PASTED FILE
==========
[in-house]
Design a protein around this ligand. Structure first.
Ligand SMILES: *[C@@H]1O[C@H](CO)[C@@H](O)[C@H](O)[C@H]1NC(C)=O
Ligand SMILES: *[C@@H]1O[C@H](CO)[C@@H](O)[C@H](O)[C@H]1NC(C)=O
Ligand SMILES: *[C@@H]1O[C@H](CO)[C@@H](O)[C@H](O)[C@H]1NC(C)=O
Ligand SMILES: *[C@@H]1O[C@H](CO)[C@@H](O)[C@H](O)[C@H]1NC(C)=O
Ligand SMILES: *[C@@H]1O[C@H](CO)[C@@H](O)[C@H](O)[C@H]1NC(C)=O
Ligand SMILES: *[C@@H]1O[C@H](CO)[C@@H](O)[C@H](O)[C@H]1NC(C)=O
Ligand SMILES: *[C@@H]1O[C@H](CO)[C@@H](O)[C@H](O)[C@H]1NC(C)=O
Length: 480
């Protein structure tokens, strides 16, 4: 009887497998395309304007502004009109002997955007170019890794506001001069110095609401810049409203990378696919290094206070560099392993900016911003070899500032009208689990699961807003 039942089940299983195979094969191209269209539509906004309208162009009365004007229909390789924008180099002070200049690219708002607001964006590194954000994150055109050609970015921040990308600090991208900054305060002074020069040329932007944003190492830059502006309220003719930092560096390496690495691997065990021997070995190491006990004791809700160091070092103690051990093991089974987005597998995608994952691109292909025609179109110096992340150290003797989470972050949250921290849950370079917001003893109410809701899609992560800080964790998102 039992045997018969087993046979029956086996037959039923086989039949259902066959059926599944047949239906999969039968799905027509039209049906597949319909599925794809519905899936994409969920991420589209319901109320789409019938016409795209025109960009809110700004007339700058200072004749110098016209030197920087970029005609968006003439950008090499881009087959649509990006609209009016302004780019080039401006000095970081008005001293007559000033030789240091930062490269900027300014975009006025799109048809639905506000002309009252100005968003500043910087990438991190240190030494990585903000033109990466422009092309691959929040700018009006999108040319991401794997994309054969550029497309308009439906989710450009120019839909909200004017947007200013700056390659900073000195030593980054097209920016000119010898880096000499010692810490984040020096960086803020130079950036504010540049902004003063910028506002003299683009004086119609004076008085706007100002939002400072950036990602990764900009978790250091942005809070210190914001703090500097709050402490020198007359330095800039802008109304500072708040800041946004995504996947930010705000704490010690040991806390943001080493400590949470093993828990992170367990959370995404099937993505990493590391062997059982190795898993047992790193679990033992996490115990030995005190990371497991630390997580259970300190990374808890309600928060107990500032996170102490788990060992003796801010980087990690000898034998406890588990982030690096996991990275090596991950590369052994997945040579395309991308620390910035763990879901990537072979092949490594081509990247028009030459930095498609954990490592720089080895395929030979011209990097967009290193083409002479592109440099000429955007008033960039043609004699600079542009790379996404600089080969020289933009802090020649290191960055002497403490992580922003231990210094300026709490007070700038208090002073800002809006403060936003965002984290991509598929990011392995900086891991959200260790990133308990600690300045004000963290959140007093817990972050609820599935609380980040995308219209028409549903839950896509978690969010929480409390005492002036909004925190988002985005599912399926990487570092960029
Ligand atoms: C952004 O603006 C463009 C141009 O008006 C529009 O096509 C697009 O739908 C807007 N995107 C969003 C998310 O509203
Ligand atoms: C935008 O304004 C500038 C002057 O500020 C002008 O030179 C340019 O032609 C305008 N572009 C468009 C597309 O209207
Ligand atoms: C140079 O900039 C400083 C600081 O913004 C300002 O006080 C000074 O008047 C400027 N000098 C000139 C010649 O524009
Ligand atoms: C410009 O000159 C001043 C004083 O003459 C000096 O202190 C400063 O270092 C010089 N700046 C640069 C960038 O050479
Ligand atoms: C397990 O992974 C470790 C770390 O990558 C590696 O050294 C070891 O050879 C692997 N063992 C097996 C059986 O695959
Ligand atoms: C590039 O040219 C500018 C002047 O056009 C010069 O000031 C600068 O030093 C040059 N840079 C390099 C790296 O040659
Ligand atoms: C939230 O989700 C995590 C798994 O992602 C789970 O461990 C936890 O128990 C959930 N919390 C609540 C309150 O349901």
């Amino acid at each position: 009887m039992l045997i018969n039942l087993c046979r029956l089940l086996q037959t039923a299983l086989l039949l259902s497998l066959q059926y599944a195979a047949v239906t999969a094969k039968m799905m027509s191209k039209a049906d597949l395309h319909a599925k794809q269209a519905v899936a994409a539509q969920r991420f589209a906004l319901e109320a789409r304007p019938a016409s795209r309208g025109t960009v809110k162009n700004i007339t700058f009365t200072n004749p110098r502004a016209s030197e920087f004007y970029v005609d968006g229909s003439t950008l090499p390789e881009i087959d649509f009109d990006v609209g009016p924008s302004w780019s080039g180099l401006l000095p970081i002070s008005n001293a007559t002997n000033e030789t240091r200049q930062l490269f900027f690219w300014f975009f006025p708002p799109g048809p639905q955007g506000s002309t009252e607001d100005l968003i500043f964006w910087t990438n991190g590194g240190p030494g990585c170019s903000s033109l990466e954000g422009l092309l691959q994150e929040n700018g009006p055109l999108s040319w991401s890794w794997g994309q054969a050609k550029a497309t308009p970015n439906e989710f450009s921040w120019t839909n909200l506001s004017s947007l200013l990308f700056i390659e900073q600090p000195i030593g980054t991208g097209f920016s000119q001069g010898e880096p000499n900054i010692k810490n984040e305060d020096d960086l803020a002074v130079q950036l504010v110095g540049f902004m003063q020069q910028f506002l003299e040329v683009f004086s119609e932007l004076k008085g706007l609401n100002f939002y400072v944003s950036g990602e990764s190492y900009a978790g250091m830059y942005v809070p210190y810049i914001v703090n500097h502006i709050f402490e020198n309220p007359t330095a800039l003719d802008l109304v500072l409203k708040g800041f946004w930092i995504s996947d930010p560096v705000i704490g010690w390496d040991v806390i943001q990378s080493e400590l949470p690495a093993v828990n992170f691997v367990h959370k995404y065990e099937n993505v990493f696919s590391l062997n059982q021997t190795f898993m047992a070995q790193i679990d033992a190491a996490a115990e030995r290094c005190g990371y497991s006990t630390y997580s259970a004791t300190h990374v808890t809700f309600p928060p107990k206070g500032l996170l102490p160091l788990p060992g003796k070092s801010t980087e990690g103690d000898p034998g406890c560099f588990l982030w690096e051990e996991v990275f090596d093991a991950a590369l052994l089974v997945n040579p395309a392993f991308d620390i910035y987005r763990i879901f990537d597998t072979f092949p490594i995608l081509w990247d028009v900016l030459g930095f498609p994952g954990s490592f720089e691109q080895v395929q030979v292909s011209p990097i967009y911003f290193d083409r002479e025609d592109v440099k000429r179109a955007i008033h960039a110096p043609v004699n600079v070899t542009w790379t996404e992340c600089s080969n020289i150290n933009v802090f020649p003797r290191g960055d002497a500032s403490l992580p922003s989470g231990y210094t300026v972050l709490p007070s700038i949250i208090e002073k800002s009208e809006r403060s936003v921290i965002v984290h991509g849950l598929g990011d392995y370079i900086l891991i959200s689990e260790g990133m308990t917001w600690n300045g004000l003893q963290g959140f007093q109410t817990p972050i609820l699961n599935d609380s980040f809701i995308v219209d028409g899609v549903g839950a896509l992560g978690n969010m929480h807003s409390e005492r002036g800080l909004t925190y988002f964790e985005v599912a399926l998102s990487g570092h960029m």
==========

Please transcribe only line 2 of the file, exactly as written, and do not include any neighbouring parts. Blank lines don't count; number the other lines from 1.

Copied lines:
Design a protein around this ligand. Structure first.